Bastiaansen, J.A.M., M.E. Merritt, and A. Comment, Measuring changes in substrate utilization in the myocardium in response to fasting using hyperpolarized [1-13C]butyrate and [1-13C]pyruvate. Scientific Reports, 2016. 6: p. 25573.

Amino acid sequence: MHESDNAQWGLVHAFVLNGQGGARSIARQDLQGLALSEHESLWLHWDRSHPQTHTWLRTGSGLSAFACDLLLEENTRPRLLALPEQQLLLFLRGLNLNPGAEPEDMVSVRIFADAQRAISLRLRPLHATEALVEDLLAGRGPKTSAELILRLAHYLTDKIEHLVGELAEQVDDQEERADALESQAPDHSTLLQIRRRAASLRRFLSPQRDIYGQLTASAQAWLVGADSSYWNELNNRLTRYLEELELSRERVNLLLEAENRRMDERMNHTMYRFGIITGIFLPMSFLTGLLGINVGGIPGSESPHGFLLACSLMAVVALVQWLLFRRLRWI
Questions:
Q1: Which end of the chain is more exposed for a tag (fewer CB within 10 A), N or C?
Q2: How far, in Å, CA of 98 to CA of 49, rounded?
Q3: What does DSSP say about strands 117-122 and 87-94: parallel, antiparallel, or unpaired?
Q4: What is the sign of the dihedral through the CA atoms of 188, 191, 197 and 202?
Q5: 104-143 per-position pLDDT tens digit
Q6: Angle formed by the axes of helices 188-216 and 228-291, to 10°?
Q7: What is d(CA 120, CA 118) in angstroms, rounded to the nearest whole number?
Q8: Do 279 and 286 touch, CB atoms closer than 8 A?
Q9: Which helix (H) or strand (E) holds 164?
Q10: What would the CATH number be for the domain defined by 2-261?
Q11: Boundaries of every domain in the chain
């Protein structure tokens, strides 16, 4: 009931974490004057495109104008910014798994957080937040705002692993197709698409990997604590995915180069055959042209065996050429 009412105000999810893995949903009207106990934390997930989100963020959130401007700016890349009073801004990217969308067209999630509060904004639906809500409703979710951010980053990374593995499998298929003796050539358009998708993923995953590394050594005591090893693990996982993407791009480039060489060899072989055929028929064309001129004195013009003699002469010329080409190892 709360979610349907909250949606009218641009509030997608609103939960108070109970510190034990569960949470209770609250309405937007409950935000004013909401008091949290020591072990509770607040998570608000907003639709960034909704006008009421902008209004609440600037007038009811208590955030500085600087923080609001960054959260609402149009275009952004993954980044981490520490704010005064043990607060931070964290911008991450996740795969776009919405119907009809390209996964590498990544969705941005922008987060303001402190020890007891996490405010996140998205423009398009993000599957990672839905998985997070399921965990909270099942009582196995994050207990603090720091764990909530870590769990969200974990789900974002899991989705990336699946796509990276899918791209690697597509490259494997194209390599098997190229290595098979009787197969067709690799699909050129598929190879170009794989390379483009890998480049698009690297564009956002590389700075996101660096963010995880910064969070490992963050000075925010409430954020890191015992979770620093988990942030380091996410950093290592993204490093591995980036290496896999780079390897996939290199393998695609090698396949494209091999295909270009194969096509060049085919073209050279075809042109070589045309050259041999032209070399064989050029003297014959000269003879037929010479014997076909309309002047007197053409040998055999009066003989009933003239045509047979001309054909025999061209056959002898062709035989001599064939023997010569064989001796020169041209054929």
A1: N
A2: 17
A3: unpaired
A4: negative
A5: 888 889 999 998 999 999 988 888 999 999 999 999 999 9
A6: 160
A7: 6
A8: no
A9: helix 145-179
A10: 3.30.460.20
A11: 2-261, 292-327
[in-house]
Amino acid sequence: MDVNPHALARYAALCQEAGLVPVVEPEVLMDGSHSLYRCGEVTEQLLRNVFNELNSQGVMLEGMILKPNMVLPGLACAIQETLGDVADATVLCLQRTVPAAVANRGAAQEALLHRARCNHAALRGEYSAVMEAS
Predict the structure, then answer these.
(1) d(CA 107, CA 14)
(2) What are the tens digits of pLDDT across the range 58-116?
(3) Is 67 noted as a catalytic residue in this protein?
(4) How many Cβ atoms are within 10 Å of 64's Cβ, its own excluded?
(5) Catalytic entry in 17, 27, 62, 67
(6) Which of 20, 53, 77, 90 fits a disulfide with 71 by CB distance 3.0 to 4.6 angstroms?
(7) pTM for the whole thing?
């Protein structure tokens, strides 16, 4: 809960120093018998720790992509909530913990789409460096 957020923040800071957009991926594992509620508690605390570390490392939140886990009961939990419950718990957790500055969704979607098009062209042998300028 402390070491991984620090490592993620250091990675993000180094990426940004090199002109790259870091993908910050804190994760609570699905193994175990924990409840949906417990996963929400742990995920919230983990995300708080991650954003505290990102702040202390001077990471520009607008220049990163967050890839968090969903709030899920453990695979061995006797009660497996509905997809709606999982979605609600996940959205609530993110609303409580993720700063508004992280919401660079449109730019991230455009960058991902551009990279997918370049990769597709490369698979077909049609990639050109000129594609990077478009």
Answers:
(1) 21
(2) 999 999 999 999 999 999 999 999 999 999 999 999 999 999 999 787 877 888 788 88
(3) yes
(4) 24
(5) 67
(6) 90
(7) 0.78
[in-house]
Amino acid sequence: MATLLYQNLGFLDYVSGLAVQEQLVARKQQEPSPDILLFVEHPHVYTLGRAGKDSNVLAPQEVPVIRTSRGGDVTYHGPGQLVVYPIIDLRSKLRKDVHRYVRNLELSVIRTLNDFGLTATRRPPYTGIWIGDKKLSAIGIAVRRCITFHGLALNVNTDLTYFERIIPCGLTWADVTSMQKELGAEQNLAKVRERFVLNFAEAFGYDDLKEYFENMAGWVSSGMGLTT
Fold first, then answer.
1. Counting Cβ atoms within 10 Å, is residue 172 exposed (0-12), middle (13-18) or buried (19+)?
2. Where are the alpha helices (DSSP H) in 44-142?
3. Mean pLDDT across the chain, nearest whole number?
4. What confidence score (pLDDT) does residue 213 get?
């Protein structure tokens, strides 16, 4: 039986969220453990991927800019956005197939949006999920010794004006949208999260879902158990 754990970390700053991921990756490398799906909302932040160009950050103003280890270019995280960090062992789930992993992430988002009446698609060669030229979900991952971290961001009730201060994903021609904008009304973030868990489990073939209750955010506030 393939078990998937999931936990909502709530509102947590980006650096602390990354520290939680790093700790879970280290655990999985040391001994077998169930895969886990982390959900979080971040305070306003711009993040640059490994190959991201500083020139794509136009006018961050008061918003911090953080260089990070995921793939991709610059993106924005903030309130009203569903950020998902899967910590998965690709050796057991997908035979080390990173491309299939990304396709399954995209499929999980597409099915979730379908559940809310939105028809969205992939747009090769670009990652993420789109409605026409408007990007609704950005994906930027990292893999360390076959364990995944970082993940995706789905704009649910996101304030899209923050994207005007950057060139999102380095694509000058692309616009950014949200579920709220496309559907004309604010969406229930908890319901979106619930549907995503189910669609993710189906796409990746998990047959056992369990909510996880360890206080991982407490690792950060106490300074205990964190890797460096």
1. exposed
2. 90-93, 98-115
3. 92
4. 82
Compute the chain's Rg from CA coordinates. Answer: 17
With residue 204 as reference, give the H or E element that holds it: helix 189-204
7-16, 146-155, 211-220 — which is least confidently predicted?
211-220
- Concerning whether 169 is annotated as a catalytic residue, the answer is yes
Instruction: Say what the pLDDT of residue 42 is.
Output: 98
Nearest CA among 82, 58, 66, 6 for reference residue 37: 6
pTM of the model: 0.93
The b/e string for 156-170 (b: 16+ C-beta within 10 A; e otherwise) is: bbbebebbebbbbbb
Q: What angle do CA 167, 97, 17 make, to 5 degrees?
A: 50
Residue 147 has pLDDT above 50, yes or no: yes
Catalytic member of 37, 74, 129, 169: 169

Cardiac dysfunction is often associated with a shift in substrate preference for ATP production. Hyperpolarized (HP) 13C magnetic resonance spectroscopy (MRS) has the unique ability to detect realtime metabolic changes in vivo due to its high sensitivity and specificity. Here a protocol using HP [1-13C] pyruvate and [1-13C]butyrate is used to measure carbohydrate versus fatty acid metabolism in vivo. Metabolic changes in fed and fasted Sprague Dawley rats (n = 36) were studied at 9.4 T after tail vein injections. Pyruvate and butyrate competed for acetyl-CoA production, as evidenced by significant changes in [13C]bicarbonate (−48%), [1-13C]acetylcarnitine (+113%), and [5-13C]glutamate (−63%), following fasting. Butyrate uptake was unaffected by fasting, as indicated by [1-13C]butyrylcarnitine. Mitochondrial pseudoketogenesis facilitated the labeling of the ketone bodies [1-13C]acetoacetate and [1-13C]β-hydroxybutyryate, without evidence of true ketogenesis. HP [1-13C]acetoacetate was increased in fasting (250%) but decreased during pyruvate co-injection (−82%). Combining HP 13C technology and co-administration of separate imaging agents enables noninvasive and simultaneous monitoring of both fatty acid and carbohydrate oxidation. This protocol illustrates a novel method for assessing metabolic flux through different enzymatic pathways simultaneously and enables mechanistic studies of the changing myocardial energetics often associated with disease.